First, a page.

STATE OF NEW JERSEY v. KASSEY BENJAMINAnnotate this Case
(NOTE: The status of this decision is Published.)
NOT FOR PUBLICATION WITHOUT THE
APPROVAL OF THE APPELLATE DIVISION
SUPERIOR COURT OF NEW JERSEY
DOCKET NO. A-0
APPROVED FOR PUBLICATION
September 8, 2015
APPELLATE DIVISIONSTATE OF NEW JERSEY,
September 8, 2015
Argued February 3, 2015 Decided
Before Judges Fisher, Accurso and Manahan.
On appeal from the Superior Court of New Jersey, Law Division, Middlesex County, Indictment No. 11-09-1414.
David R. Oakley argued the cause for appellant (Anderl & Oakley, P.C., attorneys; Mr. Oakley, of counsel and on the brief).
Joie Piderit, Assistant Prosecutor, argued the cause for respondent (Andrew C. Carey, Middlesex County Prosecutor, attorney; Ms. Piderit, of counsel and on the brief).
The opinion of the court was delivered by
MANAHAN, J.S.C. (temporarily assigned).
In this Graves Act case, defendant appeals from his conviction after a plea for which he was sentenced to a three-year prison term with a period of parole ineligibility for three years. On appeal, defendant argues the prosecutor and Attorney General should be ordered to produce records relating to their waiver decisions of other defendants pursuant to the Graves Act "escape valve" statute. N.J.S.A. 2C:43-6.2. Prior to his plea, defendant requested the records without success. In light of our review of the record, the applicable law and in consideration of fundamental fairness, we reverse and remand.
On July 27, 2011, defendant and his friends became involved in a verbal altercation with another group of young males at a McDonald's "drive-thru" in Edison, during which defendant brandished a handgun. Defendant did not point the gun at anyone in particular. When the handgun was later recovered by police it was unloaded. The handgun's serial number was scratched off.
A Middlesex County Grand Jury returned an indictment charging defendant with second-degree possession of a weapon for an unlawful purpose, N.J.S.A. 2C:39-4a (count one); second-degree unlawful possession of a weapon, N.J.S.A. 2C:39-5b (count two); fourth-degree possession of a defaced firearm, N.J.S.A. 2C:39-3d (count three); third-degree terroristic threats, N.J.S.A. 2C:12-3b (count four); fourth-degree unlawful possession of a weapon, N.J.S.A. 2C:39-5d (count five); and third-degree possession of a weapon for unlawful purposes, N.J.S.A. 2C:39-4d (count six).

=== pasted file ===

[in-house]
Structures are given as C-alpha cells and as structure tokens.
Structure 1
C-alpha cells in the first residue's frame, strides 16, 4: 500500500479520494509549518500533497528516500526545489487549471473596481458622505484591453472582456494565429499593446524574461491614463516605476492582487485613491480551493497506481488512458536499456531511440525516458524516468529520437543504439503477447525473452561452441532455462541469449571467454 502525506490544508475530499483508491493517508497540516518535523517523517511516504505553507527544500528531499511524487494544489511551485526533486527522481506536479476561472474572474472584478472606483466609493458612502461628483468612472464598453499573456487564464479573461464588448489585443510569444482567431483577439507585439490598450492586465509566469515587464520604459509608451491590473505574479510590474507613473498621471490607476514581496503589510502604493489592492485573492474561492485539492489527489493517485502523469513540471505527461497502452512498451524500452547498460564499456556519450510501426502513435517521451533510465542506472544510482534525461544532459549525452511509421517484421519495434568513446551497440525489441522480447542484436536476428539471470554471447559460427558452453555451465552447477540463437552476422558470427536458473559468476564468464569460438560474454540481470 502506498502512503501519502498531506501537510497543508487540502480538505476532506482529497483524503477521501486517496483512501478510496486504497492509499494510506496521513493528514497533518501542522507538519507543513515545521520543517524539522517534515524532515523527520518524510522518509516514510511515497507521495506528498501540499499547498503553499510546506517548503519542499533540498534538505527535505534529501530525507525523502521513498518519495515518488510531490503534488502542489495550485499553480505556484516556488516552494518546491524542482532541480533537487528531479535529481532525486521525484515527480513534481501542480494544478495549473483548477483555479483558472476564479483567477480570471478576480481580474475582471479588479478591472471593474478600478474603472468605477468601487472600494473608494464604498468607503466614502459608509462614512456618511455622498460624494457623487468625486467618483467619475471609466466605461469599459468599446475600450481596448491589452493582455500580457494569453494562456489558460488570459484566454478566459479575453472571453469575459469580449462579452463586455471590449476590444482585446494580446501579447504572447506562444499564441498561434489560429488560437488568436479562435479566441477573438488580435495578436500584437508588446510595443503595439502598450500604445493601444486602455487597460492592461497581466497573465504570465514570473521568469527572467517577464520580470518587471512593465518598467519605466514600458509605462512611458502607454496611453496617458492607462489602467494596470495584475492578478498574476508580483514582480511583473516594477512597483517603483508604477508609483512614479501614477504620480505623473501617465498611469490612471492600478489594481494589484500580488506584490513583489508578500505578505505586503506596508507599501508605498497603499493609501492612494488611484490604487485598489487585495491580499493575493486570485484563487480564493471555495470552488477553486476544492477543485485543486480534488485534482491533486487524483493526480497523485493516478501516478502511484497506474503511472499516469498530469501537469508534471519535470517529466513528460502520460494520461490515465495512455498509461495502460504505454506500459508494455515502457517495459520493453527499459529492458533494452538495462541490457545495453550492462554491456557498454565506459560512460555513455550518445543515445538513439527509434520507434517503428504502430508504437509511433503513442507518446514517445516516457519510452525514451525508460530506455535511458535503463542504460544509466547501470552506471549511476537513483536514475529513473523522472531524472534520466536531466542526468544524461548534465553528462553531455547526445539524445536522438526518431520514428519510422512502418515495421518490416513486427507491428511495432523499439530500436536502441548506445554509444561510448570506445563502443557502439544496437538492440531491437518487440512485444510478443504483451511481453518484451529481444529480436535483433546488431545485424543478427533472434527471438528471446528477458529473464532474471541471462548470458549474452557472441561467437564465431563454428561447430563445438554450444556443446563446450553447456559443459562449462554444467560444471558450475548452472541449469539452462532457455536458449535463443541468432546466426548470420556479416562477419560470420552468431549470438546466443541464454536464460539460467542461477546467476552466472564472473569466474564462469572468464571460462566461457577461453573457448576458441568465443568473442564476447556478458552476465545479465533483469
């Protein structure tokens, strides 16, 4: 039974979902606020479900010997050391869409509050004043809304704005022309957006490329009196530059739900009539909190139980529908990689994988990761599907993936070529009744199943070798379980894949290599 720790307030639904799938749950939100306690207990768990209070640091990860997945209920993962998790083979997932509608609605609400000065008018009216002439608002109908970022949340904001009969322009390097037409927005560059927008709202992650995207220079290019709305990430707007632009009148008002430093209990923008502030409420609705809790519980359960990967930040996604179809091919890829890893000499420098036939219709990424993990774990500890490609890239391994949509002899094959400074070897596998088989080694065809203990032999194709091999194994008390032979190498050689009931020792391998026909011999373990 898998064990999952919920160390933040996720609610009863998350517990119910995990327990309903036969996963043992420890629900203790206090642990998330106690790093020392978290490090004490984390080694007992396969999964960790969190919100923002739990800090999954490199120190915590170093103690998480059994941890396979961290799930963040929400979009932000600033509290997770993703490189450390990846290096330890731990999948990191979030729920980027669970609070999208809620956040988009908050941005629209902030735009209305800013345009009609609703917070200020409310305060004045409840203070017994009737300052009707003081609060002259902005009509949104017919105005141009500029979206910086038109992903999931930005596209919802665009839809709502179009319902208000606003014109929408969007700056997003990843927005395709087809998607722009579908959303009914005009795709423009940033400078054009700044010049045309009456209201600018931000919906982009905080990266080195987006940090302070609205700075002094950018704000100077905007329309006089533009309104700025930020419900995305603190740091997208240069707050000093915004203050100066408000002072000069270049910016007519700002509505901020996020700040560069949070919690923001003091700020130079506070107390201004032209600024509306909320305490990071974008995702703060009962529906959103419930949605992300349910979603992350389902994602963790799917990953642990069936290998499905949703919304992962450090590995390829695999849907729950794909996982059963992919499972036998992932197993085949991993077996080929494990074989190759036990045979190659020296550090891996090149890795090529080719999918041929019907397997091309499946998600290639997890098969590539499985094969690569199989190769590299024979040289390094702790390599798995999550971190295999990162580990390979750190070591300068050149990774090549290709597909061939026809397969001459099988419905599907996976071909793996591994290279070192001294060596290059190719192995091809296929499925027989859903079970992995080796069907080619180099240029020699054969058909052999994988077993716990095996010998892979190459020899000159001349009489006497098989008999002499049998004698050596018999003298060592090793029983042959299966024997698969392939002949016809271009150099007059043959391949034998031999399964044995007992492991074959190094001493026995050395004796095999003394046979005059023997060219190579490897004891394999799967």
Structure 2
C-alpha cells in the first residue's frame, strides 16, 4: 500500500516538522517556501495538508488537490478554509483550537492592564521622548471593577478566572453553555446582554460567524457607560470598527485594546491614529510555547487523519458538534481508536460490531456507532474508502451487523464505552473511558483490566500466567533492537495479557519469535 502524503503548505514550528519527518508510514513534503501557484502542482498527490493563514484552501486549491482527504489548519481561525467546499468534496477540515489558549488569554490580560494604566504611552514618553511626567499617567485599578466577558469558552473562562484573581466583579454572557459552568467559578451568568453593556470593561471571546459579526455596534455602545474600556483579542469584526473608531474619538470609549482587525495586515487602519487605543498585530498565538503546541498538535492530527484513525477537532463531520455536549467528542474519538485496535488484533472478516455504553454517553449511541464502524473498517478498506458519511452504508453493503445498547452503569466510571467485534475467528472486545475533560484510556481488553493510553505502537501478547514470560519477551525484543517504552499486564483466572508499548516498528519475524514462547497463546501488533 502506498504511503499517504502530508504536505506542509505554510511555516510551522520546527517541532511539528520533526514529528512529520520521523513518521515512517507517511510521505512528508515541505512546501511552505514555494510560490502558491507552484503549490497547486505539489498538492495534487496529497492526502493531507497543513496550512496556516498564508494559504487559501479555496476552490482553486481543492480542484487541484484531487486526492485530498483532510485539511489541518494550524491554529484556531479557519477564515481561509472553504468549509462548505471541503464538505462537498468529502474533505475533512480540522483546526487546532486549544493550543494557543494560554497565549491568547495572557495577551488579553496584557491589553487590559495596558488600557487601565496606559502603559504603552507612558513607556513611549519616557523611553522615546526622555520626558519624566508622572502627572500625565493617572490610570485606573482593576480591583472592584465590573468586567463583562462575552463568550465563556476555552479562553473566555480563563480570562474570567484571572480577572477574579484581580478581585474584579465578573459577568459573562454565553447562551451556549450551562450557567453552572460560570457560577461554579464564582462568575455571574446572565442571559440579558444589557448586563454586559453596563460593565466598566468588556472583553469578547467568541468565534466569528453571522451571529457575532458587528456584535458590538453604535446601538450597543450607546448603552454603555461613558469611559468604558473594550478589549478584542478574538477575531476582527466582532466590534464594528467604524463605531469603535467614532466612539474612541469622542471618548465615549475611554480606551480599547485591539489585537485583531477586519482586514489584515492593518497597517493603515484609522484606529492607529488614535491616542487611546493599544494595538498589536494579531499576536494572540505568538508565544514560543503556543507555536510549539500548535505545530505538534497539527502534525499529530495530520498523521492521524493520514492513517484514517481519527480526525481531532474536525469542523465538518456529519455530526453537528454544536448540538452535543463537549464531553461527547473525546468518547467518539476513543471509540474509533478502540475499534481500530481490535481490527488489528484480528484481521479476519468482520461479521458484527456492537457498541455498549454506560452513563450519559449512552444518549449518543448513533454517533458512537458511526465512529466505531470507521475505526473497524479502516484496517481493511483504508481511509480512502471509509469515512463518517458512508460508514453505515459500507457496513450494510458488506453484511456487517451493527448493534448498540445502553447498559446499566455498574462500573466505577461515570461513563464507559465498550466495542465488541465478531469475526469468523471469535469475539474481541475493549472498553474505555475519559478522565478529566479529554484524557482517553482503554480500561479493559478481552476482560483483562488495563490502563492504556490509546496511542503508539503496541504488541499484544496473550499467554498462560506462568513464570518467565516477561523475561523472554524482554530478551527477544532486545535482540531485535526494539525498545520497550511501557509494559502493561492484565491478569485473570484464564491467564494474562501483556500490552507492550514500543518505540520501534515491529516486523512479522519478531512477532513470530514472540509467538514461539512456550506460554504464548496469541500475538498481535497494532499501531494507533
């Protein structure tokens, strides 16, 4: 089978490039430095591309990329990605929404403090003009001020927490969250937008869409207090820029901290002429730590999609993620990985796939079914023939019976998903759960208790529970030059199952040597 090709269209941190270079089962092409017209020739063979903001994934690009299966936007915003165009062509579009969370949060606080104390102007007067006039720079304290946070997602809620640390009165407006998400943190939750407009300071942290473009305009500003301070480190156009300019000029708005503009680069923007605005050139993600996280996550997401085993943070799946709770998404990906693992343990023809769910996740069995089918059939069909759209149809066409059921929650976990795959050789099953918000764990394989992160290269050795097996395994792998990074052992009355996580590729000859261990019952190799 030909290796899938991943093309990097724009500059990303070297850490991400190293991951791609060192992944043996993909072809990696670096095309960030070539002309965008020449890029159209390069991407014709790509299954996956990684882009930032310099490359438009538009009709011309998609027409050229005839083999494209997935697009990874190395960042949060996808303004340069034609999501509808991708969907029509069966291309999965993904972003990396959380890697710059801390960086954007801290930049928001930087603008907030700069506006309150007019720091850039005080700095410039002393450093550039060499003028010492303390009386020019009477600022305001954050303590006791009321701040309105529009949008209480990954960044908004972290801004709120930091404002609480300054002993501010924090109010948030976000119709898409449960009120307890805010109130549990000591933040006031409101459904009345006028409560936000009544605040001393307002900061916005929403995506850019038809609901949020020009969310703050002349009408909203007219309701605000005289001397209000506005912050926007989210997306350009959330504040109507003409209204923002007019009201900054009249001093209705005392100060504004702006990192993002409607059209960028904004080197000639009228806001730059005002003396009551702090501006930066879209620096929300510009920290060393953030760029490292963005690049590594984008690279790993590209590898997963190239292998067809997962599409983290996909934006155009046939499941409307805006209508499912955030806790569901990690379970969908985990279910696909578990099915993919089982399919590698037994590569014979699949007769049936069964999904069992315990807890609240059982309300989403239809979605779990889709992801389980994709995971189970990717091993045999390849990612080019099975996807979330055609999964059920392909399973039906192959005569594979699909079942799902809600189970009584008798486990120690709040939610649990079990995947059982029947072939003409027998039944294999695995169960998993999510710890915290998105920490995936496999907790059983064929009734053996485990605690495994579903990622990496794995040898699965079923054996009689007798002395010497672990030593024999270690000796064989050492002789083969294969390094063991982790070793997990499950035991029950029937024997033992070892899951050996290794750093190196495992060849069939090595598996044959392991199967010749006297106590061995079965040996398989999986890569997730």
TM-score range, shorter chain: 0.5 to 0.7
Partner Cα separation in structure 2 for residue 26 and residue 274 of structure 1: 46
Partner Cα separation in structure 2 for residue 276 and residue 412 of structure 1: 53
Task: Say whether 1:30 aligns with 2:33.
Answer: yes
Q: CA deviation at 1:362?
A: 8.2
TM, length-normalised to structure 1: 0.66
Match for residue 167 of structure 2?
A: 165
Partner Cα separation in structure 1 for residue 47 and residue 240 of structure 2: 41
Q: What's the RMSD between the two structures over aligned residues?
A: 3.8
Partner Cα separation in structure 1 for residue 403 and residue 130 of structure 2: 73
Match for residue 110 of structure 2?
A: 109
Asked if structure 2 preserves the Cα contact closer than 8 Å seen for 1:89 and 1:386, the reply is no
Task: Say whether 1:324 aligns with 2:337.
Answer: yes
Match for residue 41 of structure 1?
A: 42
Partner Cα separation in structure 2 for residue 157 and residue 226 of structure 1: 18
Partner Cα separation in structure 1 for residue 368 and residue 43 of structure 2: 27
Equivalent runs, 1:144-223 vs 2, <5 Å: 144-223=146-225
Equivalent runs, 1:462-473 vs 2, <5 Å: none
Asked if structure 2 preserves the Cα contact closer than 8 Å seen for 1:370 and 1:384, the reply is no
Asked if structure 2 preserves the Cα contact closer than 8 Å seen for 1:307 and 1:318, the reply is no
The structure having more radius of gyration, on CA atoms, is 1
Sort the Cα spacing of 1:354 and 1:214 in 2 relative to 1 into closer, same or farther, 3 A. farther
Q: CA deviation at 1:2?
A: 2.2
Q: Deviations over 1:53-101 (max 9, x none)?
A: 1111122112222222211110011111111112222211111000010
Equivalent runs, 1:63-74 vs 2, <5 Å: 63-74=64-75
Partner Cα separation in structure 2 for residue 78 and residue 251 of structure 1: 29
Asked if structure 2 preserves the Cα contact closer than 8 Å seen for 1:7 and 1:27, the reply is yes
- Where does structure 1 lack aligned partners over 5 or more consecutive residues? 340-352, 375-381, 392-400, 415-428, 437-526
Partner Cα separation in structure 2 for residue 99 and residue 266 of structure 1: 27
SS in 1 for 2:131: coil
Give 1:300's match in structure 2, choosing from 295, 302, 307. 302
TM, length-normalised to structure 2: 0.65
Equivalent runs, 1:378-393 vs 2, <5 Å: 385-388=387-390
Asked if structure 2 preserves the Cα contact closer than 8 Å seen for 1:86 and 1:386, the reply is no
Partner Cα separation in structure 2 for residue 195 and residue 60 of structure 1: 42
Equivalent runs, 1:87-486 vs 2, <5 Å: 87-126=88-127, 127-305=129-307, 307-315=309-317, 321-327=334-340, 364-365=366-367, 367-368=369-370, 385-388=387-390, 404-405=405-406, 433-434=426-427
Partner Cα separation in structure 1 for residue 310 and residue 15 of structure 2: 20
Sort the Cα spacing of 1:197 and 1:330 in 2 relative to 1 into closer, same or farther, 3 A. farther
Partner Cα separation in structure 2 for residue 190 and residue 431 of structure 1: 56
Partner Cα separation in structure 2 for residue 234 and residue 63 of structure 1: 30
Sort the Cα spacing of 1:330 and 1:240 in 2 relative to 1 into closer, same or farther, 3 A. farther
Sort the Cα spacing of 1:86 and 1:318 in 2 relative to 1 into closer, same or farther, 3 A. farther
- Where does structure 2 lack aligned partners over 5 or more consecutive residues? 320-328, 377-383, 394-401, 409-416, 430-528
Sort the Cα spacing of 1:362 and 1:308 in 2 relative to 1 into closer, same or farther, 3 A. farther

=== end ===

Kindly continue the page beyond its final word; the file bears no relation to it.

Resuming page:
Defense counsel filed a motion requesting the prosecutor to approve a referral of defendant's case to the Assignment Judge or otherwise grant a waiver from the three-year mandatory minimum sentence. The prosecutor opposed defendant's application. In furtherance of the motion, defense counsel requested documents relating to waiver decisions by the prosecutor. The prosecutor denied the request in writing stating that there were no records responsive to the request. The prosecutor, besides noting his opposition to the motion, did not provide the basis in writing for not seeking a waiver. In a written reply, the Attorney General's Office denied a similar records request stating that "this division does not have the documents you are seeking; therefore, your request is denied." Without further pursuit of the motion or the denial of the records he sought, defendant entered a guilty plea.1
At the plea hearing, defense counsel noted the following
[W]e do intend to appeal an issue which occurred earlier, which comes out of the pre-trial . . . where we attempted to ascertain all of the waivers under the Graves waivers that were done by the Middlesex County Prosecutor's Office, and also from the Attorney General, and through OPRA, and also through regular discovery requests. And we were told nothing like that exists.
As a result of the plea, no order was entered by the court in relation to the motion.
Pursuant to a plea agreement, defendant pled guilty to one count of second-degree possession of a weapon for an unlawful purpose. Defense counsel reiterated his intention to appeal the sentence, based upon the same concerns raised at the plea hearing. The sentencing judge found aggravating factor nine and mitigating factors seven, eight and nine. The judge noted that defendant had no prior criminal history and led a law abiding life for his twenty years. The judge also noted that he did not think this conduct would reoccur or that defendant would ever pick up another weapon. Defendant was sentenced in accord with the plea agreement to a three-year term of imprisonment with a three-year period of parole ineligibility.
On appeal, defendant argues
defendant's sentence ought to be vacated and remanded. county prosecutor should be ordered to produce records of waivers for resentencing.
defendant's sentence ought to be vacated and remanded because the ag directive authorizes inter-county disparity, it must be revised for resentencing of defendant.
At the outset we note two obstacles to our review; one of which the State impliedly raises and the other which the State did not raise.2
First, defendant does not appeal from an order denying the production of the waiver records as no order was entered. As such, defendant's appeal would, in the usual course, be barred for lack of jurisdiction. R. 2:2-3; Do-Wop Corp. v. City of Rahway, 168 N.J. 191, 199 (2001) ("[I]t is well-settled that appeals are taken from orders and judgments and not from opinions, oral decisions, informal written decisions, or reasons given for the ultimate conclusion."); see also Heffner v. Jacobson, 100 N.J. 550, 553 (1985); Commercial Realty & Resources Corp. v. First Atl. Properties Co., 122 N.J. 546 (1991); Ellison v. Evergreen Cemetery, 266 N.J. Super. 74, 78 (App. Div. 1993). We have at times opted to overlook technical insufficiencies in order to reach the merits of the appeal. In re Berkeley, 311 N.J. Super. 99, 101 (App. Div. 1998); Paquet, Inc. v. Dep't of Transp., 335 N.J. Super. 130, 135 n.1 (App. Div. 2000).